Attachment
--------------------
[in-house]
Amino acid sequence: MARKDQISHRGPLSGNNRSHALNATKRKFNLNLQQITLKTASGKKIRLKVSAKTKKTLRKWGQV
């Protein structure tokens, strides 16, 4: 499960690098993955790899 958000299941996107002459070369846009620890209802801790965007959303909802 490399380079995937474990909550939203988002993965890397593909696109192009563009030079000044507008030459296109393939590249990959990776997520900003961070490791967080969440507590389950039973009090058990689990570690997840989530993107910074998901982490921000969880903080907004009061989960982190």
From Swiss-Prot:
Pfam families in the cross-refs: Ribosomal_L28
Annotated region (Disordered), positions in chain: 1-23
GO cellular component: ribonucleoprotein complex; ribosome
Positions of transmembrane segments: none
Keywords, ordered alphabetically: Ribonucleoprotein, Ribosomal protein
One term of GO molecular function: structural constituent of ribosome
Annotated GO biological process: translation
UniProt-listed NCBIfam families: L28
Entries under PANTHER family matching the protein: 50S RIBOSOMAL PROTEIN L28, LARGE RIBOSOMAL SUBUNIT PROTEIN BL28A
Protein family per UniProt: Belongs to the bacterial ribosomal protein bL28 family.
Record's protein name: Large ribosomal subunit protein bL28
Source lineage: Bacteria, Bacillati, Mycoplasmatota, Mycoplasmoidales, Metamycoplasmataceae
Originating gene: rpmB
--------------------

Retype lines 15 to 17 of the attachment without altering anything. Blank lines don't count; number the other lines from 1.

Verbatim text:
Record's protein name: Large ribosomal subunit protein bL28
Source lineage: Bacteria, Bacillati, Mycoplasmatota, Mycoplasmoidales, Metamycoplasmataceae
Originating gene: rpmB